Can the proprietors of mainstream newspapers and satellite news channels be compelled to make their annual balance sheets public in India? Or will it be possible to ask professional journalists to go for self-declarations about their assets before they question the financial integrity of individuals in other professions, including in politics! A column by Nava Thakuria reports on a new journalist forum in Northeast India and at court and government actions in the matter concerning the financial integrity of journalists, journalist welfare schemes, fake news, and fake journalists. The question arises whether the cures are going to be worse than the disease.
Guwahati 12 September 2021 – As the Union information and broadcasting ministry in New Delhi has taken initiatives to review the guidelines for working journalists’ welfare schemes, a northeast India-based scribes’ body urged the country’s mainstream media houses and seasoned journalists to display transparency in their financial transactions to qualify for such benefits.
In a recent media statement, the Journalists’ Forum Assam (JFA) stated that the professional media houses should show their financial balance sheets detailing how much money they spent annually for the benefits of their regular employees, including working journalists.
At the same time, the so-called rich and glamorous journalists should reveal their assets (along with liabilities) as they demand transparency from employees in other sectors. It becomes necessary to reduce the erosion in goodwill from their valued readers, listeners, and viewers, before it’s too late, asserted the forum.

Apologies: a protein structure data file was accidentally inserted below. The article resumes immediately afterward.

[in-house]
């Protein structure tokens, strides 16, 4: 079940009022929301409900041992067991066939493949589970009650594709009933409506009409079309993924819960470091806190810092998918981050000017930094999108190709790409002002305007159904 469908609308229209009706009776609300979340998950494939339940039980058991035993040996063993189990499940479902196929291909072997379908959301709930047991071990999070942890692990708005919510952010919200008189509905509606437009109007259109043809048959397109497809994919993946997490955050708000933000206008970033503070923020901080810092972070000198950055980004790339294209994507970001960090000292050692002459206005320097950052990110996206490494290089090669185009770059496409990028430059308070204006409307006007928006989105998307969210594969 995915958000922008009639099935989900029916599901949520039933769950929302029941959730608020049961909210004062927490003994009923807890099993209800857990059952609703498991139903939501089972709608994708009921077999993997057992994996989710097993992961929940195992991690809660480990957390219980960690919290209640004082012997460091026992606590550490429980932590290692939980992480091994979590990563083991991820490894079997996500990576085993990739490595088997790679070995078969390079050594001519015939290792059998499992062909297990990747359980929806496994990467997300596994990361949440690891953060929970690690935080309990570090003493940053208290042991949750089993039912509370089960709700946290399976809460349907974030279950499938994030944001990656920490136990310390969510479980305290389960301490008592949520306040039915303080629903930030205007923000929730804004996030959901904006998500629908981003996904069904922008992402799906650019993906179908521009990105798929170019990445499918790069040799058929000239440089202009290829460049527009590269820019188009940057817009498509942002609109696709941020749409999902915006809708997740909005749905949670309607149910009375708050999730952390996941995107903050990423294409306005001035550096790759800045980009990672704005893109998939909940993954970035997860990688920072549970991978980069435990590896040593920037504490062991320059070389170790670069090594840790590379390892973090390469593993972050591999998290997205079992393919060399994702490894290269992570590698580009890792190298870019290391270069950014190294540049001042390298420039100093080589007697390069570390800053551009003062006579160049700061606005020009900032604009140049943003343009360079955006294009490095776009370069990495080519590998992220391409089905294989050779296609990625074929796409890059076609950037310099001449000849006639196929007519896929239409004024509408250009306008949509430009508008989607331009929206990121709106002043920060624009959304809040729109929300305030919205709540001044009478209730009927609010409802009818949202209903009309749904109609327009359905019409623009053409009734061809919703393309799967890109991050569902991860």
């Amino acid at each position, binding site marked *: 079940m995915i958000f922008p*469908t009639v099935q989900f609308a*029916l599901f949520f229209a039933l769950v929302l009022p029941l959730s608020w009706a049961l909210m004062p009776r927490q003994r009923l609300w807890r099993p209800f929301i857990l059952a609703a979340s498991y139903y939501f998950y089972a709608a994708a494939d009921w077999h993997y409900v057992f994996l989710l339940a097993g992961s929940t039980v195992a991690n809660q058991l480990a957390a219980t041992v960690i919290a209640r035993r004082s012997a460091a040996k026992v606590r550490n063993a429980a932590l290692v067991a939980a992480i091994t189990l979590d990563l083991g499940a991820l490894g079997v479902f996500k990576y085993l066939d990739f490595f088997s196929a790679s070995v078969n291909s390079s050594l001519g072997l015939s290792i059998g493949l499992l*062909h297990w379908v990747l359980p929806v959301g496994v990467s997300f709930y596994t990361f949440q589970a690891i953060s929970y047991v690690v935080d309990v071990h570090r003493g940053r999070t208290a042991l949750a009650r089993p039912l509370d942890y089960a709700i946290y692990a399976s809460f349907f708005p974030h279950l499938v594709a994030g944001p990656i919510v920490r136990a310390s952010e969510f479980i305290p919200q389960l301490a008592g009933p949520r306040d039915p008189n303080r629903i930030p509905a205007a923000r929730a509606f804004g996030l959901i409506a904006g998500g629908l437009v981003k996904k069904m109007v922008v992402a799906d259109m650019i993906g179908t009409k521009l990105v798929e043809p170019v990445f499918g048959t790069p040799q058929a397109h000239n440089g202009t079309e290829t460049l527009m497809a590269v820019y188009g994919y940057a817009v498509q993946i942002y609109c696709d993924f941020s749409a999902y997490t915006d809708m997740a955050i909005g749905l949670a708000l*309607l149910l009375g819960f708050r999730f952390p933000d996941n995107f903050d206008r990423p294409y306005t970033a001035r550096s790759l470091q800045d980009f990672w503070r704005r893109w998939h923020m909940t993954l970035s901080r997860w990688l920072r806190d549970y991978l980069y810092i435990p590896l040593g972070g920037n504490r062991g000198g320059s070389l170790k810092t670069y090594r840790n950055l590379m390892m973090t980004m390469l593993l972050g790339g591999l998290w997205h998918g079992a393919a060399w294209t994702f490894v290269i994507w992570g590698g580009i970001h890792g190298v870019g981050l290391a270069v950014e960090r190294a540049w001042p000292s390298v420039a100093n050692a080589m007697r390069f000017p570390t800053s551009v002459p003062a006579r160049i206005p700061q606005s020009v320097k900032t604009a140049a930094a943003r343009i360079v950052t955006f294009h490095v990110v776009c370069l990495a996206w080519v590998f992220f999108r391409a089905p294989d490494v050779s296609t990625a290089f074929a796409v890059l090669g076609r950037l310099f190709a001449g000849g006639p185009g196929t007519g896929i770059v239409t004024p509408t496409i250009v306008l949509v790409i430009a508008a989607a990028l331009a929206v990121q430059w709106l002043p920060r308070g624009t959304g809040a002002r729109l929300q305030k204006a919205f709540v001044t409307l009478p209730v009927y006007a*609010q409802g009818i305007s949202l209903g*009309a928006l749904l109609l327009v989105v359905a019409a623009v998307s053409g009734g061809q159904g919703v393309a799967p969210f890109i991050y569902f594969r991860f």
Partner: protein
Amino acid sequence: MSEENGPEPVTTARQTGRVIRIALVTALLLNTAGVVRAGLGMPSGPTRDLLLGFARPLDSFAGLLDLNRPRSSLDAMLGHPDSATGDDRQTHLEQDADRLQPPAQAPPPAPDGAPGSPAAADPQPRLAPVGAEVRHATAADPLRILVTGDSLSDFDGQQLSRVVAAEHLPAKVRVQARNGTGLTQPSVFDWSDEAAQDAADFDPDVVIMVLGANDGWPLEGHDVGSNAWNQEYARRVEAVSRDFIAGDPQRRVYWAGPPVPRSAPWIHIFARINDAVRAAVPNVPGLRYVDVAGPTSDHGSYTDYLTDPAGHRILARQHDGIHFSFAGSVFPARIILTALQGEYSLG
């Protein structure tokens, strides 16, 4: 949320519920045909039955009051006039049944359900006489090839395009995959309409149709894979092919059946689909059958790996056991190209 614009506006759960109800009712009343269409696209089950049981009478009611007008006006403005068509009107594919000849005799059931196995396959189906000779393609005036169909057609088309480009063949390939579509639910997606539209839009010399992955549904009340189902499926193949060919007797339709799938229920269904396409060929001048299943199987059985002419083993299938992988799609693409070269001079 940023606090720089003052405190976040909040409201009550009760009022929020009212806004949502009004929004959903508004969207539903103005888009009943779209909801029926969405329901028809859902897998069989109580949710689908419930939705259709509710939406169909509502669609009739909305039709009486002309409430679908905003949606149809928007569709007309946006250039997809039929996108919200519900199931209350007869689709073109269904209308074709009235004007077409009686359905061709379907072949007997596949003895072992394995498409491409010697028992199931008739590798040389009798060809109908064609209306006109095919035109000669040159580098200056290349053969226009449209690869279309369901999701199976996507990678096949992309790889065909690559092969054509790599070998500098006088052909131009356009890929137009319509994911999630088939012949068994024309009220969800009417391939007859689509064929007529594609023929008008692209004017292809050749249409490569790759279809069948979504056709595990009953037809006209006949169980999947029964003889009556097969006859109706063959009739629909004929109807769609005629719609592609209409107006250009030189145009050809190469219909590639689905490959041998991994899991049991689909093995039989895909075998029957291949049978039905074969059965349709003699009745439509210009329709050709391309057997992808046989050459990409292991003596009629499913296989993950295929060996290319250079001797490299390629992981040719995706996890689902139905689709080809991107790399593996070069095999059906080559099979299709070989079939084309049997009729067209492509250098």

Meanwhile, the I&B ministry of the Government of India is examining the existing guidelines of various journo-welfare schemes to suggest its recommendations for the required changes. The changing media scenario has apparently made it necessary to redefine guidelines for journalists engaged with traditional and modern/digital media outlets.
The government’s review committee to report in 2 months
The government’s review committee is expected to maintain parity between government accredited (for example, Press Information Bureau recognized) and non-recognized scribes. Current rules may vary from one state to another. An accredited journalist should not be considered an elite professional because their status could be altered abruptly with the change in professional portfolios in the media houses.
Headed by journalist Ashok Kumar Tandon, the committee comprises senior scribes, namely Sachidanand Murthy, Shekhar Aiyar, Amitabh Sinha, Shishir Kumar Sinha, Ravinder Kumar, Hitesh Shankar, Smriti K Ramachandran, Amit Kumar, Vasudha Venugopal, along with Kanchan Prasad from the Press Information Bureau as its members and it is expected to submit its report within two months.
According to the government-run Registrar of Newspapers for India (RNI), the country with one billion-plus population has over 1,15,000 registered publications with more than 17,500 in the newspaper category. Those are published in different languages, including English, Hindi, Urdu, Sanskrit, Bengali, Tamil, Telugu, Marathi, Malayalam, Kannada, Gujarati, Punjabi, Odia, Assamese, etc.